In front of Leonato’s house, Antonio tries to cheer up his brother, but Leonardo is too deeply distressed on account of his daughter. When Don Pedro and Claudio enter, the four greet one another cooly. Accusing Claudio of having wronged him and having killed his innocent child, Leonato challenges him to a duel. When Claudio tells him to leave him in peace, the two start to quarrel until Antonio thrusts himself between them and in a rage himself insults Claudio. Don Pedro expresses his regrets as to Hero’s death, but again affirms that the accusations against her were indeed true. Leonato and Antonio leave in anger.
Benedick enters and is asked by Don Pedro and Claudio to cheer them up, using his wit. However, Benedick does not respond to this, but instead calls Claudio “a villian” for having killed Hero and challenges him to a duel, which Claudio accepts. Assuming Benedick is jesting, Don Pedro and Claudio try to mock him alluding to Beatrice and their love. Yet Benedick resumes the serious topic, stating that he desires to leave Don Pedro’s company and is looking forward to the duel with Claudio.
Benedick having left, Dogberry and Verges enter and present their two prisoners to Don Pedro and Claudio. Borachio, repenting, readily confesses having been incited by Don John to meet Margarete at Hero’s window in order to stain the bride’s reputation. Claudio immediately regrets his vehement accusations, and, as Leonato and Antonio join them again, allows Leonato to impose any penance on him that the wronged father desires. Leonato, forgiving him, tells him to make Hero’s innocence know throughout Messina instead. Furthermore, he wishes Claudio to read an epitaph to her at her grave. In order to mark their reconciliation, Leonato offers Claudio to marry a daugher of Antonio instead of Hero. Touched by Leonato’s kindness, Claudio agrees to all the points. Leonato intends to question Margarete on the issue, but Borachio confirms that she had no evil intentions and knew nothing of the plan. The party disperses.
In the garden, Benedick asks Margarete to fetch Beatrice. Being alone, Benedick expresses his discontent at being unable to compose some lines of love to Beatrice. As she enters to meet him, he tells her of his upcoming duel with Claudio and goes on to talk about their love, concluding that the two of them are “too wise to woo peaceably”. Ursula enters and brings news of Borachio having confessed and Hero’s reputation thus being restored. The three leave for the house.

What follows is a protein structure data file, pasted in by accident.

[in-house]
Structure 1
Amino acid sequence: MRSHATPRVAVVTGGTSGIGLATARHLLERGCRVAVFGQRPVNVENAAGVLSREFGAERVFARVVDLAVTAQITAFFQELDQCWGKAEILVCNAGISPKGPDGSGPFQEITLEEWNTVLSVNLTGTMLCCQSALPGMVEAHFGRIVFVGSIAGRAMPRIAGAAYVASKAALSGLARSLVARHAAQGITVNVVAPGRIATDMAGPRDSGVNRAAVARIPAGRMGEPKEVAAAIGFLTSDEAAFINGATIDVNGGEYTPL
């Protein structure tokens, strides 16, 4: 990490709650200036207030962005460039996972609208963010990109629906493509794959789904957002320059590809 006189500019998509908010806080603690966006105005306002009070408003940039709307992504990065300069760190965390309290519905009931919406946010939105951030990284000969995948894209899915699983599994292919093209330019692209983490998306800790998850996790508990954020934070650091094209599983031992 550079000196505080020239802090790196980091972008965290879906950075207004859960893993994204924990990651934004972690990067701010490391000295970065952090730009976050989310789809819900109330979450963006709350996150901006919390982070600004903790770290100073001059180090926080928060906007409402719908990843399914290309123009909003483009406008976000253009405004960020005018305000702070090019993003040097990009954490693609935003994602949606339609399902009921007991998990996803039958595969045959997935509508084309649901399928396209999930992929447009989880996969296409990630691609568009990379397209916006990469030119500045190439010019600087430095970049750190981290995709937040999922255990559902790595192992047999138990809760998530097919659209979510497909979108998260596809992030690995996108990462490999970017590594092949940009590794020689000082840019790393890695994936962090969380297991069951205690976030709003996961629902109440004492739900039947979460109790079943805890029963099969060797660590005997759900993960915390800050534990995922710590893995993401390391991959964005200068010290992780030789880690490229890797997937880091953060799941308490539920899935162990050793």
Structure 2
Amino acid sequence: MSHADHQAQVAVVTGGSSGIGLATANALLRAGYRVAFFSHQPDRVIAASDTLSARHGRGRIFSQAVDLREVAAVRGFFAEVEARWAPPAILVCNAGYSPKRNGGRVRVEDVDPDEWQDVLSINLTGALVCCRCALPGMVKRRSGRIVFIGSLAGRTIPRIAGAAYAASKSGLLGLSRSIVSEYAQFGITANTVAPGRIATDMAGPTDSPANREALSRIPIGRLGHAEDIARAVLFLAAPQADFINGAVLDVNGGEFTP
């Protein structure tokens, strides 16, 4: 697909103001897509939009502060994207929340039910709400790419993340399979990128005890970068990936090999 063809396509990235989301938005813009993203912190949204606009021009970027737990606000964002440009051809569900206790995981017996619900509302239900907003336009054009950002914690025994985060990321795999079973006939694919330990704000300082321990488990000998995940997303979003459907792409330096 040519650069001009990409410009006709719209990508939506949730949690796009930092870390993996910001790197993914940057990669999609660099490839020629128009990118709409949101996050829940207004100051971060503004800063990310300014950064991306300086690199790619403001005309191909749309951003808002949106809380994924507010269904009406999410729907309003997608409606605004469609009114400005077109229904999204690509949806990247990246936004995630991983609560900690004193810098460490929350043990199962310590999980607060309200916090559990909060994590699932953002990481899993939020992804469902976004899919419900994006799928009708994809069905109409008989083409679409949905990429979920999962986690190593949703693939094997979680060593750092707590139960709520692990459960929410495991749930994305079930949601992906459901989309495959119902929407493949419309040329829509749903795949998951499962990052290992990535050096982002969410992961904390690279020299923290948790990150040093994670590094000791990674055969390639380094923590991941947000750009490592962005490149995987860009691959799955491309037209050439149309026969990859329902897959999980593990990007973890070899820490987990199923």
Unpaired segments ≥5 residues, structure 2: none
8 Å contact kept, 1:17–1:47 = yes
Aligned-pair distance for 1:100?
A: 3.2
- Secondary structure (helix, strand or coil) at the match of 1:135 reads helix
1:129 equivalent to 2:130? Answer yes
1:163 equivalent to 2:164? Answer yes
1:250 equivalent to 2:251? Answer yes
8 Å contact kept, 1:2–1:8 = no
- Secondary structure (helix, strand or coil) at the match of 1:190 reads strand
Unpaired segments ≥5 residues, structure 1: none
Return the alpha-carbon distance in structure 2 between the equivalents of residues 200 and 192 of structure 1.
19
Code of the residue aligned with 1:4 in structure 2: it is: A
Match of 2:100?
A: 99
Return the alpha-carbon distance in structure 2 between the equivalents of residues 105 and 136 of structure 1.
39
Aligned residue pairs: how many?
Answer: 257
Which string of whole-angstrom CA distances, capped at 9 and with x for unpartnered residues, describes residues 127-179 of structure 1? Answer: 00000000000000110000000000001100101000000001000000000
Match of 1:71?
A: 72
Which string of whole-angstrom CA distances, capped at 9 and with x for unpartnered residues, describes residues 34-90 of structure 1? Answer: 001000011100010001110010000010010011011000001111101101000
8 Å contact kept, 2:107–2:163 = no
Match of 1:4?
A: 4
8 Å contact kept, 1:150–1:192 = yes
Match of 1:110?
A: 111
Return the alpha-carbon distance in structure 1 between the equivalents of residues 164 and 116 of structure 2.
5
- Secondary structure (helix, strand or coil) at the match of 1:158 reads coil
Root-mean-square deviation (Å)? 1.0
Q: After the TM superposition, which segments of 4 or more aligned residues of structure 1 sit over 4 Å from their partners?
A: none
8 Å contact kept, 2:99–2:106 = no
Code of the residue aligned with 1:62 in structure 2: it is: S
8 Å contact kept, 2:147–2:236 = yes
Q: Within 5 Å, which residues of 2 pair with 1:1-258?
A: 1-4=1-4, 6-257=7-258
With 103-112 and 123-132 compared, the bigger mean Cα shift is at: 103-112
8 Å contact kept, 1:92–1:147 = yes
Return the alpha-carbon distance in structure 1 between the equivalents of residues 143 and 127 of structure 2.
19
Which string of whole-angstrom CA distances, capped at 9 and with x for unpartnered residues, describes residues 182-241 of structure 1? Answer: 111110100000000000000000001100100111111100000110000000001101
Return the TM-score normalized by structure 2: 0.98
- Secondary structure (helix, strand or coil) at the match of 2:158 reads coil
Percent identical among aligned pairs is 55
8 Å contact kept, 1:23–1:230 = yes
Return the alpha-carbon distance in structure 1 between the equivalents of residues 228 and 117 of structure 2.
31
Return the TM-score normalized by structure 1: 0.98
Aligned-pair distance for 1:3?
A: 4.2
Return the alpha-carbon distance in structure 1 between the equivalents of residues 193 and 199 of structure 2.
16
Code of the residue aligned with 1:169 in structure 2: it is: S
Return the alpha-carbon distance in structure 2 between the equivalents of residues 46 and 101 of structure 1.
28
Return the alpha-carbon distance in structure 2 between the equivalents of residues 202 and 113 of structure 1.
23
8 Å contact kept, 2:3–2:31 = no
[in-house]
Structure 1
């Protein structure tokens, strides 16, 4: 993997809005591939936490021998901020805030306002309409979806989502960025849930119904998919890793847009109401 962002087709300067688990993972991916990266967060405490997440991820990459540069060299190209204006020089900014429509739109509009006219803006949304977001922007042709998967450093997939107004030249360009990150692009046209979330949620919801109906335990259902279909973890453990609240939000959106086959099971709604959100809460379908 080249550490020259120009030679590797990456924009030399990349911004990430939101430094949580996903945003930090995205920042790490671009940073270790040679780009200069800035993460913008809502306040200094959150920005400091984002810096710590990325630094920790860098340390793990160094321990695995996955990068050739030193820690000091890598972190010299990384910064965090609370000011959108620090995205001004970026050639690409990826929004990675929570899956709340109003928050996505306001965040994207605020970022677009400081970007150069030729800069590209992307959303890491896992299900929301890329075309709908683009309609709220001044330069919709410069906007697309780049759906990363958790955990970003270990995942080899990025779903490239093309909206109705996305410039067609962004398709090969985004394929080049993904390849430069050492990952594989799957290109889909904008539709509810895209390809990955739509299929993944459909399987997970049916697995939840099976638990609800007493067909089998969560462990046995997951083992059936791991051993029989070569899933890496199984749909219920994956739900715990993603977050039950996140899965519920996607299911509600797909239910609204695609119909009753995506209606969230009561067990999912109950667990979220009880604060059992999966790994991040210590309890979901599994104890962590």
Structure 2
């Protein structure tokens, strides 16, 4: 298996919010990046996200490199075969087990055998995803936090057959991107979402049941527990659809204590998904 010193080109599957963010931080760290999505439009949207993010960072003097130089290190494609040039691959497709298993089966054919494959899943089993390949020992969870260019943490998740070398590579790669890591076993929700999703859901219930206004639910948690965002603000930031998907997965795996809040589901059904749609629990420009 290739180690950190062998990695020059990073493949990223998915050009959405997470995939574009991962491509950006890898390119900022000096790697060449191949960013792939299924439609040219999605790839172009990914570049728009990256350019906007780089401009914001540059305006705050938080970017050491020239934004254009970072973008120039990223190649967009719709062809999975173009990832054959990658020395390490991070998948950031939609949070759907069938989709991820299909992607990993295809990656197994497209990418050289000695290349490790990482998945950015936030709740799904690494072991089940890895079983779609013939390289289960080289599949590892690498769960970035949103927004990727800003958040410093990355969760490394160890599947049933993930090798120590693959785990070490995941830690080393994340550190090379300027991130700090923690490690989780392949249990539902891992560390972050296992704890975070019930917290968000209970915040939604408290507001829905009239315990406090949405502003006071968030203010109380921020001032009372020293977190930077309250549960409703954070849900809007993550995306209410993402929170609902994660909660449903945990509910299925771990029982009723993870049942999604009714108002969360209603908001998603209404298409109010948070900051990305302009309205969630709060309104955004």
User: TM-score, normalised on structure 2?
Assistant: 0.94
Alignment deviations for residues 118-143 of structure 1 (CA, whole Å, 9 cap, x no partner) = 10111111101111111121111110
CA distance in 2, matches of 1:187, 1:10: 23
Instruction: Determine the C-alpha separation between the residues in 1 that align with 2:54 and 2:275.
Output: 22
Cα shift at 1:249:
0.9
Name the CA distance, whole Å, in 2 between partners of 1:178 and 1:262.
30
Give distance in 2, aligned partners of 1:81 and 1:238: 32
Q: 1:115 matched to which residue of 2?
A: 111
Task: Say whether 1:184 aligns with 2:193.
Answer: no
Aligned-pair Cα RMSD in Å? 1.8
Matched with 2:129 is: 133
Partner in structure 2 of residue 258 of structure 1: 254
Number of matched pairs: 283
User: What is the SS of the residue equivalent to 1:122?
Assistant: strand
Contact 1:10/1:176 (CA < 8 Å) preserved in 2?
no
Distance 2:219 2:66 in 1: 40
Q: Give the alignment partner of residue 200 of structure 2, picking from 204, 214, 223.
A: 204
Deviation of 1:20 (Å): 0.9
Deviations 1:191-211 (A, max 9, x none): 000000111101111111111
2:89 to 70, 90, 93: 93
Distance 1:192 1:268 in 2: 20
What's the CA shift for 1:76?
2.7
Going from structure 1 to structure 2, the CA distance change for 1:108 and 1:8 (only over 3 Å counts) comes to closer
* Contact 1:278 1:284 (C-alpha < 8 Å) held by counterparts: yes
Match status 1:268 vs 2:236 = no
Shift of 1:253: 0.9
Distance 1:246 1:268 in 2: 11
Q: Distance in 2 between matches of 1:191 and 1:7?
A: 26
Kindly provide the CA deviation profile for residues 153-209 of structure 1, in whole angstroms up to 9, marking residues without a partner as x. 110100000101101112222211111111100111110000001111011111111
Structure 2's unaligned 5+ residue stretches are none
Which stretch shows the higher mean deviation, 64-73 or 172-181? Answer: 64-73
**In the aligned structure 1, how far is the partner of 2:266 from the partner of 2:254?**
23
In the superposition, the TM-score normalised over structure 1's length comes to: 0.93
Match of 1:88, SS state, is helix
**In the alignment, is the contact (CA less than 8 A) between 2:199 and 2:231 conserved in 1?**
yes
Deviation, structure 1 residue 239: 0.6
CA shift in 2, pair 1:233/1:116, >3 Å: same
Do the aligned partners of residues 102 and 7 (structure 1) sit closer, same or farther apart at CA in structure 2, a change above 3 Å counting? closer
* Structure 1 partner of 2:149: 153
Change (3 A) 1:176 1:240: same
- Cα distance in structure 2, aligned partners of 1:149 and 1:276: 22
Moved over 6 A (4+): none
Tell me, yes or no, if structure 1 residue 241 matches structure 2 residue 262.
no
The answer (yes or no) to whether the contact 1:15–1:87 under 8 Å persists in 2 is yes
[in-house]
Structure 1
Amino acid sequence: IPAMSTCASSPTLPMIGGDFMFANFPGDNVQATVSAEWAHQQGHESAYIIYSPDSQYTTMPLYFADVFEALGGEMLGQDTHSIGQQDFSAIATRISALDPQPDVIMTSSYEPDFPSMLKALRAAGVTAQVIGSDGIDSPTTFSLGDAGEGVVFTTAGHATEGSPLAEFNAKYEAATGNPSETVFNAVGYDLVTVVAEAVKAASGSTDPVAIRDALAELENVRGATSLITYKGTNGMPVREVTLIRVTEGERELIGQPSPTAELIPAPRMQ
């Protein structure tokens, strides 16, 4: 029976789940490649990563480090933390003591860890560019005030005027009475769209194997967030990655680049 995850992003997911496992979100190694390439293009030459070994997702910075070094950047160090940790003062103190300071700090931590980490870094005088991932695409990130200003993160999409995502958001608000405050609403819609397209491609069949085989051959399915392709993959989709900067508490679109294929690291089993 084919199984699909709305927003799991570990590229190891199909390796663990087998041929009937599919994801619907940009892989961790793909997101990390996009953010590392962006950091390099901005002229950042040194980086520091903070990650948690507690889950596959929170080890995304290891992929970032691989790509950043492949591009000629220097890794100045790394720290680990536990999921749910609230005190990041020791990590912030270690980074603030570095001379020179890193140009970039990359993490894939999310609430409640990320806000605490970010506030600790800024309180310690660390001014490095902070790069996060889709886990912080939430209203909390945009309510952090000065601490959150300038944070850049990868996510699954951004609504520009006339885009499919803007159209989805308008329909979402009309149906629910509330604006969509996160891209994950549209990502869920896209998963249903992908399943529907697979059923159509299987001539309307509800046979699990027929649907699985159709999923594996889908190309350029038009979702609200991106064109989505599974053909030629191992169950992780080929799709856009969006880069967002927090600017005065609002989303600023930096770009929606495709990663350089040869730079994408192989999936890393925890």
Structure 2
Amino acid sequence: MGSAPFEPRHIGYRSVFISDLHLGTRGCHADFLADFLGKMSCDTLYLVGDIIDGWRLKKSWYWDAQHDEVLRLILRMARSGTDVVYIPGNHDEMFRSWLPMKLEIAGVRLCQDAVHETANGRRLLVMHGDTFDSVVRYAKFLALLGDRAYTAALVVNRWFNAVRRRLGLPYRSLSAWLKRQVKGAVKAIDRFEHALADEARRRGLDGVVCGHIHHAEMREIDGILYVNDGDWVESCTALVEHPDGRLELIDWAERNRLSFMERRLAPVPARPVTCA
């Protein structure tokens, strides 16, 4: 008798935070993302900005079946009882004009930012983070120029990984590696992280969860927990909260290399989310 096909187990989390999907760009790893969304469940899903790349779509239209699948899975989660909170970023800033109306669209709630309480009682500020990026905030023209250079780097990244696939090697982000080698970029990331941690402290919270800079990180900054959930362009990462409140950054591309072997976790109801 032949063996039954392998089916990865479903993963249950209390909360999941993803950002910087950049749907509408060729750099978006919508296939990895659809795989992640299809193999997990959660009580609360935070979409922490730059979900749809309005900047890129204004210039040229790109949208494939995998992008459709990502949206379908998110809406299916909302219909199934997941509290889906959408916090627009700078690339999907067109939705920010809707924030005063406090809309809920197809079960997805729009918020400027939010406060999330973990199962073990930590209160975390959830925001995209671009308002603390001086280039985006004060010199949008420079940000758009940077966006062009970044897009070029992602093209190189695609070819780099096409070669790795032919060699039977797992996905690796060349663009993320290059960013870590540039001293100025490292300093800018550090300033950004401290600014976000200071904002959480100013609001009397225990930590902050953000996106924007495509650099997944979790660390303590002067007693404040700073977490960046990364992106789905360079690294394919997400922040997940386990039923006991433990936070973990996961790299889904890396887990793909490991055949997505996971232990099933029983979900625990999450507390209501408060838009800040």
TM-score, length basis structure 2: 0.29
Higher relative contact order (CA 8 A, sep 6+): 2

Don Pedro, Claudio and some musicians come together at Hero’s grave at night. Claudio reads out an epitaph and attaches it to the grave afterwards. Balthasar sings a mourning song while the others process around the grave. Claudio claims that he intends to repeat this rite every year in honour of Hero. As the gentlemen leave for the house again, Claudio prays that his upcoming marriage be more fortunate than his first.
In the hall of Leonato’s house, everyone is gathering for the wedding ceremony of Claudio with Antonio’s daughter. Leonato instructs Hero and the other women to hide themselves and come back masked when called. While waiting for Claudio, Benedick tells Leonato that he would like to marry Beatrice on this day, and Leonato gives his consent.
When Claudio and Don Pedro enter, Leonato asks the former whether he is still determined to marry Antonio’s daughter. Claudio answers in the affirmative and is lead towards the masked Hero. Before he is allowed to see her face, Leonato bids him to swear in front of the friar to marry her. As Claudio vows to be her husband, Hero unmasks and once more assures her astonished husband that she is innocent.
The friar offers to tell Claudio the whole story of Hero’s alleged death and wants to lead the party away, but Benedick stops them and asks for Beatrice. She unmasks and, being asked whether she loves Benedick, holds that she does so, but “no more than reason”. Benedick remarks that Don Pedro, Leonato and Claudio must then have deceived him as to her affection. As he on the other hand claims that he does not love Beatrice “more than reason”, she observes that Hero and her attendants must have deluded her. The two of them denying their passion for each other, Claudio and Hero each hold up a letter with a love sonnet written by Benedick to Beatrice and vice versa. Seeing this proof of their affections for each other, Benedick finally agrees to marry Beatrice, but only “for pity”, whereas Beatrice will have him “upon great persuasion”.
Don Pedro reminds Benedick of his earlier promise to stay a bacholor, but Benedick bids him not to mock him for anything he has said before, since “man is a giddy thing”. As Claudio and Benedick have dismissed the idea of their outstanding duel, a messenger enters to bring news of Don John being seized and on his way back to Messina. Benedick calls for dancing music and the play ends with the celebration of a double marriage.